Chisholm: Analyzing the options for Bosh and the Raptors

Tim Chisholm
1/18/2010 10:03:09 PM
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We're halfway through the Raptors season, 21-20 in the record books, in a three-way tie for fifth place in the Eastern Conference, yet the only thing one hears about this team outside of Canada is easy it's going to be to pry Chris Bosh away from this team over the next thirty days.

Look, if there is one word that DOESN'T describe Chris Bosh in the slightest, it's malicious. He is not a person who operates from a place of malice, and it would take outright malice for him to leave the Raptors high and dry in the summer of 2010, so it is of course possible that Bosh could be shipped out before he opts-out of his contract. In fact, there isn't an American sportswriter alive who doesn't think that Bosh is dying to bolt the frigid climate of Toronto as soon as he can this summer.

Thus, the time has come for everyone to put together the best trade scenario that gets Bosh out of Toronto now, because Toronto would be foolish (or even irresponsible) to hang on to him past the February 18 trade deadline, since he'd be certain to leave the club only five months later.
Haven't we grown tired of this story yet? There is basically three ways this whole thing plays out and I didn't think it demanded further clarification.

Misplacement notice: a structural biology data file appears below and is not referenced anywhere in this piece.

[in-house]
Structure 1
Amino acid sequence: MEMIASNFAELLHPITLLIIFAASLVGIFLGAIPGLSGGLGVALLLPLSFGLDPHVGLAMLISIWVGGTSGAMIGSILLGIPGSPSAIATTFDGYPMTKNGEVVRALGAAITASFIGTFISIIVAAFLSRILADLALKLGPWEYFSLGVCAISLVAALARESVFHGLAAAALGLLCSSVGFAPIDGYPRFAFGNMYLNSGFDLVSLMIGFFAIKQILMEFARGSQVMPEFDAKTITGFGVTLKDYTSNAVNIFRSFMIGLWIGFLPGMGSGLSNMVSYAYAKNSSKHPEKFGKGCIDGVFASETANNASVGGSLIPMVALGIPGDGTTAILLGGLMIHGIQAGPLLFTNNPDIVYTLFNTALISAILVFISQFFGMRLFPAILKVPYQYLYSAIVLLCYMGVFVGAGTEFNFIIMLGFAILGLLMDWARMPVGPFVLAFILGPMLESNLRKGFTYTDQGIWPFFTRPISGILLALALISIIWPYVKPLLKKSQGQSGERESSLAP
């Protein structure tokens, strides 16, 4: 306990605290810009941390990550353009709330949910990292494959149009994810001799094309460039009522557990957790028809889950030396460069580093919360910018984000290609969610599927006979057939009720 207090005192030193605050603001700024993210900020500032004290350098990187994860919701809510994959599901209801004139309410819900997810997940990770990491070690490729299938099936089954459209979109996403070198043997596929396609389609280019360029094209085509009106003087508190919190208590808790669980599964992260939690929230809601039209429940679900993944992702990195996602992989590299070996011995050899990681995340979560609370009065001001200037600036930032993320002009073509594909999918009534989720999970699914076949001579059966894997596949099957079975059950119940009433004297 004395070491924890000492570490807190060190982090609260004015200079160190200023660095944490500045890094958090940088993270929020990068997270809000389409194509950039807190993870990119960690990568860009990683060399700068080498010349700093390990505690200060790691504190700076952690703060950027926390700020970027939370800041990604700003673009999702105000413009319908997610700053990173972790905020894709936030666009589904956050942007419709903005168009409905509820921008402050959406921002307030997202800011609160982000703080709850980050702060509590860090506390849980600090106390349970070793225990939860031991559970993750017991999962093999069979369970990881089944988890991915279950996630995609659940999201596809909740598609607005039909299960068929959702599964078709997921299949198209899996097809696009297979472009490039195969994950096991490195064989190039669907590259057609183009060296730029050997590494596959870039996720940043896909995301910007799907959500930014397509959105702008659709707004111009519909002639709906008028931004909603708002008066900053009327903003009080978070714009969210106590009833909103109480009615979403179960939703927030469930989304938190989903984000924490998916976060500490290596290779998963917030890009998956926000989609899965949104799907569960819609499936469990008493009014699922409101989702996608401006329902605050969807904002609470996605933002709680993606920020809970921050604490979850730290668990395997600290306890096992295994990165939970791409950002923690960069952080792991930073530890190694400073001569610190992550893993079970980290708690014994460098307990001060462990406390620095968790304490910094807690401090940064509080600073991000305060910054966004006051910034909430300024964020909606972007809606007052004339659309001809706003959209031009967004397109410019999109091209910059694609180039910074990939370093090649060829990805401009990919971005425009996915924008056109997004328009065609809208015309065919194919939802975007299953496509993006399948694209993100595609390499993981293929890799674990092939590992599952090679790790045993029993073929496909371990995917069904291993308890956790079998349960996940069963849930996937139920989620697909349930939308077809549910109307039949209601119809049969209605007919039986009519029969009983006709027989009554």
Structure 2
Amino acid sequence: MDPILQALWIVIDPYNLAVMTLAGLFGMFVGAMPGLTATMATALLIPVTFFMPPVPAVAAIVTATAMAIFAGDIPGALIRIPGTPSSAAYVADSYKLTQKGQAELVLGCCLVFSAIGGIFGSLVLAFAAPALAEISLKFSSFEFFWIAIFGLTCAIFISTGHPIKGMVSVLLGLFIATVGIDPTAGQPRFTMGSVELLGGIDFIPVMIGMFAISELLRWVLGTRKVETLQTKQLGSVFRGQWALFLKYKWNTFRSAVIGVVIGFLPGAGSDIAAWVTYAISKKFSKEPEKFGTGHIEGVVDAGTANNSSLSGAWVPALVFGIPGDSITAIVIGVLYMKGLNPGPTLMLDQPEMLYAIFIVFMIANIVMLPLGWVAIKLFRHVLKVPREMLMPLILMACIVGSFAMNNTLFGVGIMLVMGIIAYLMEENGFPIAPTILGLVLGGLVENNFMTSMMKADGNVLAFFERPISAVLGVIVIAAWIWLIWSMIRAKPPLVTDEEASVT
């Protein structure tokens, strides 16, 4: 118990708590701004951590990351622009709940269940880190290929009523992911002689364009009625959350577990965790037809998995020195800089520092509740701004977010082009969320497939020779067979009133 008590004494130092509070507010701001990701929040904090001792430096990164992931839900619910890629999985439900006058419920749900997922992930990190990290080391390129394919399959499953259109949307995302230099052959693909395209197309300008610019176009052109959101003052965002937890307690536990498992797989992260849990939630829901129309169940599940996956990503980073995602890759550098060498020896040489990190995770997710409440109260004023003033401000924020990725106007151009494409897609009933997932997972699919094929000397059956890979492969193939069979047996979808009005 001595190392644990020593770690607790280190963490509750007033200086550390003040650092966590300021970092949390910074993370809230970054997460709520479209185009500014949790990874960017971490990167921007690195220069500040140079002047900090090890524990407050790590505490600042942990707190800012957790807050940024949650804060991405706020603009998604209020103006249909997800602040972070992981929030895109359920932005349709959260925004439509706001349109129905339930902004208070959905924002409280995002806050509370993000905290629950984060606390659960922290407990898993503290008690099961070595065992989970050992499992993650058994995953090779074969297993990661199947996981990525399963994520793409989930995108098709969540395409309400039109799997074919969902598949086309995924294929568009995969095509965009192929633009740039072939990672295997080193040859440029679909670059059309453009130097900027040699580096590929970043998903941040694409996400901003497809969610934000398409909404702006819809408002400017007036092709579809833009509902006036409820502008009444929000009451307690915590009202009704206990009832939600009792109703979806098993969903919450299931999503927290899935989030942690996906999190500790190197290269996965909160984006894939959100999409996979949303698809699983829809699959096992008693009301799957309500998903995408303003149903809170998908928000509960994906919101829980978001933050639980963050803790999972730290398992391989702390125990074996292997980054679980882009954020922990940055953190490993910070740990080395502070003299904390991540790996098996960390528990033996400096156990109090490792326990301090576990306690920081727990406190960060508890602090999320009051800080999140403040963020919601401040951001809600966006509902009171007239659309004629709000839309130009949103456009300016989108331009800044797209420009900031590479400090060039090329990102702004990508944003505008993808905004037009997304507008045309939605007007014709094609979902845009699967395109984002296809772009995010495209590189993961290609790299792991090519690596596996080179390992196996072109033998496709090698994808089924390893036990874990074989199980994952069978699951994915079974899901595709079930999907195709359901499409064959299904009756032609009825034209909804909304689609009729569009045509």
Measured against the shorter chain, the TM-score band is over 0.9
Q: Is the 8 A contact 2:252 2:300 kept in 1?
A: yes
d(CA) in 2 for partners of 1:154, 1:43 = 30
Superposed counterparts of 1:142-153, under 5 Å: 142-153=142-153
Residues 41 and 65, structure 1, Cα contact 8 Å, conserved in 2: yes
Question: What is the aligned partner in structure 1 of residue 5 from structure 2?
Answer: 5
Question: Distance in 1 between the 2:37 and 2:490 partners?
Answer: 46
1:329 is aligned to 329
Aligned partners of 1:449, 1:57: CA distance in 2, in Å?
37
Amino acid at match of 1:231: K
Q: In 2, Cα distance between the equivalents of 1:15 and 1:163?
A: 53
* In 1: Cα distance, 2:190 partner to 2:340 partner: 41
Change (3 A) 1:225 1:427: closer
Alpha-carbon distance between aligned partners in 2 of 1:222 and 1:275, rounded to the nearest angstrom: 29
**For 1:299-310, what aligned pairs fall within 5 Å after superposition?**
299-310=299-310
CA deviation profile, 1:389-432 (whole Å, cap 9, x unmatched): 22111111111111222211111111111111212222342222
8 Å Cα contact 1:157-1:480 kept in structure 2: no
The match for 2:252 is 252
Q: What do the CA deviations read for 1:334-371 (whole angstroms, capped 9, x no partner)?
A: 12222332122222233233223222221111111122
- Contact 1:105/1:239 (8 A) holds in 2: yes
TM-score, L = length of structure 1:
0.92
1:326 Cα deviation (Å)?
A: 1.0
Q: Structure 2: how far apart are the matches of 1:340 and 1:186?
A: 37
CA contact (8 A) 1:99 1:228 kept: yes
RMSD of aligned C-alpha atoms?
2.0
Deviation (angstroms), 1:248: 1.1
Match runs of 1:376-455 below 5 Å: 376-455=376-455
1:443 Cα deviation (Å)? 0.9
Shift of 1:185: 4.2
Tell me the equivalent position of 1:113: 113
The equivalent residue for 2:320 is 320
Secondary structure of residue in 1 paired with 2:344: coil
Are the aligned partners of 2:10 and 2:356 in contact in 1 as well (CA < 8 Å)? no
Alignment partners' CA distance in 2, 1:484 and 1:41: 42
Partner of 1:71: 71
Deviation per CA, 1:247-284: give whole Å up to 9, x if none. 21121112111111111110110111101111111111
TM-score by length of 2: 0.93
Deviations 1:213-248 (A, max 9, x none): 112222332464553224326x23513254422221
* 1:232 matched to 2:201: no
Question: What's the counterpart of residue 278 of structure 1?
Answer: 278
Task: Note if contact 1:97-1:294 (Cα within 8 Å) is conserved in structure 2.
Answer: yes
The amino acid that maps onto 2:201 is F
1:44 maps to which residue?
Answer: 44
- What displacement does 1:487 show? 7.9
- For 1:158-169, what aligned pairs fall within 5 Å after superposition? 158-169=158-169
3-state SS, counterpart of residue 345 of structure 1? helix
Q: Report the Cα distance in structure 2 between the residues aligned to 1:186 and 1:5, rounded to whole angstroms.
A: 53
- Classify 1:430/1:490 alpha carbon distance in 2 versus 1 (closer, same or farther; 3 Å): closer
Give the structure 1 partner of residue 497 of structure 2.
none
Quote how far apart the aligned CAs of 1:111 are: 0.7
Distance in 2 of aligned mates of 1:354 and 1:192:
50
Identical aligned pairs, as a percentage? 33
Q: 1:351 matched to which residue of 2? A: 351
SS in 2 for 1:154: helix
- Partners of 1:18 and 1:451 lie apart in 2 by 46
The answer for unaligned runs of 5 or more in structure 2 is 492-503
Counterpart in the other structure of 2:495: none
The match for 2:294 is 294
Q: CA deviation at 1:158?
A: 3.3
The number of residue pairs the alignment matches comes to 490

1) Bosh makes it clear to Toronto and the Raptors organization that though he appreciates all they have given him, he'll be moving on next season and so they'd be smart to trade him now.

2) Bosh makes it clear that if the Raptors can keep winning more than they lose this season, especially if that winning extends into the post-season, then the club will have a real shot to retain him past July.

3) Bosh and Bryan Colangelo hammer out the details of an extension on his current deal that buys the Raptors another couple of seasons to build a foundation of consistency without Bosh being locked into a long-term deal.
While the southern money is on the first option taking place in the next month, there is no reason for anyone to be so brash as to assume that either of the other options aren't at least viable possibilities as well.

Look, I don't have a window into Bosh's soul, and he may feel as though he's run his course with Toronto. If that's the case then he'll almost assuredly do the classy thing and make sure that the team gets something in return for their most prized asset next month.

That won't include returns of Andrew Bynum (Bosh and Gasol make for roster redundancy, this isn't a fantasy team) or Jeff Green (the Raptors have far too much invested in Hedo on the wings, and Green isn't a real power forward), mind you, so put those notions out of your heads right now.